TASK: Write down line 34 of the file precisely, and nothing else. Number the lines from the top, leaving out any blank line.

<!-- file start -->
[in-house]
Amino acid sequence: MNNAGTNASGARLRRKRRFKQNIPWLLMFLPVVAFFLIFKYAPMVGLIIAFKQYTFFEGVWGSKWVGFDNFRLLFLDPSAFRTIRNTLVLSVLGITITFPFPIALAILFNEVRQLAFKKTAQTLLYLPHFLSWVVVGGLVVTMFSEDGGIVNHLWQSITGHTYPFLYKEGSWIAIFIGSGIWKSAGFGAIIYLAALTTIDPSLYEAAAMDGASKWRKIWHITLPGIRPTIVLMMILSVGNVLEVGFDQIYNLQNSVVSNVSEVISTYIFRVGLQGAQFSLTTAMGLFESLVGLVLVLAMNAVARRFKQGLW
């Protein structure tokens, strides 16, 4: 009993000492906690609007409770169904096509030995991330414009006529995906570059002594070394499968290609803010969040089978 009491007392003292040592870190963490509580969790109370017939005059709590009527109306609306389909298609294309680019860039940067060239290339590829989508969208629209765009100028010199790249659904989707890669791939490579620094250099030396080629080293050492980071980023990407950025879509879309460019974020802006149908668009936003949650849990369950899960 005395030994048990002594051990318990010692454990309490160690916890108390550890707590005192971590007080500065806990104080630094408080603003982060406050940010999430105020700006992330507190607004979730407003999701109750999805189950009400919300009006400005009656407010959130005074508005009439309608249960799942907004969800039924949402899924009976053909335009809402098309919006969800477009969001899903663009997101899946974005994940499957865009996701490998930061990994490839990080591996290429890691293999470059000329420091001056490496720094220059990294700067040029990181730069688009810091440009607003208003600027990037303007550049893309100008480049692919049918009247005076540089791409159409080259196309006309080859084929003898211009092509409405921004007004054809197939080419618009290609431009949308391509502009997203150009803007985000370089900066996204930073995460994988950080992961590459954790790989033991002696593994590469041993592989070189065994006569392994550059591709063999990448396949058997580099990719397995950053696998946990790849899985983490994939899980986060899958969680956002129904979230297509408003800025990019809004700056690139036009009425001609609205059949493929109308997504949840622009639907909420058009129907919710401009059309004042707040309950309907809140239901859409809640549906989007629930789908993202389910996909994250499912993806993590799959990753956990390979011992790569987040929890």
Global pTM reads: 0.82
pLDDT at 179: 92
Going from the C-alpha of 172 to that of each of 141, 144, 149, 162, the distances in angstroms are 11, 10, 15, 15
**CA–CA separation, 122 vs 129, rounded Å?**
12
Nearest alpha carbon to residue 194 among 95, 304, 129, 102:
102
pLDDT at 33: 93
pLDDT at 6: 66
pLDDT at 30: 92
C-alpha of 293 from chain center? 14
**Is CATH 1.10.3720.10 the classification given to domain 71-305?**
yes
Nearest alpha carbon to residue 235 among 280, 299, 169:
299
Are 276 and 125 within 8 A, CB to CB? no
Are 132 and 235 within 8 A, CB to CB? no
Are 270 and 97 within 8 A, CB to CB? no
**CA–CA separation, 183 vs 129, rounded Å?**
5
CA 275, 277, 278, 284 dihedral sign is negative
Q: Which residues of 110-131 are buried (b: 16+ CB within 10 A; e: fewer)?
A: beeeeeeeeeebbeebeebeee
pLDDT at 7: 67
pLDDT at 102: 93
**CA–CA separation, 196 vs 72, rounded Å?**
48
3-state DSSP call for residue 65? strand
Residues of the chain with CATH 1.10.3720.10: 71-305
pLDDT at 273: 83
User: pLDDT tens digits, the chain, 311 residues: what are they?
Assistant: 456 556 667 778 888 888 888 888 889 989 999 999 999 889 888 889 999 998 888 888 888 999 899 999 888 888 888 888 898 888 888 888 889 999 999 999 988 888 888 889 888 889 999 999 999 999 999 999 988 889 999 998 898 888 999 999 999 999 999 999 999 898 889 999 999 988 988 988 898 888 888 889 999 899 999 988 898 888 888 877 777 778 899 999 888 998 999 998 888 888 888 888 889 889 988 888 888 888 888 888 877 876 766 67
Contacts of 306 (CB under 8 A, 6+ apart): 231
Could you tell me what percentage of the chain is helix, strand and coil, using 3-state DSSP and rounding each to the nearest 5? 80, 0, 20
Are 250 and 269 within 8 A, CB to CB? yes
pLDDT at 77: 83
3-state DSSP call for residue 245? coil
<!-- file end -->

User: pLDDT tens digits, the chain, 311 residues: what are they?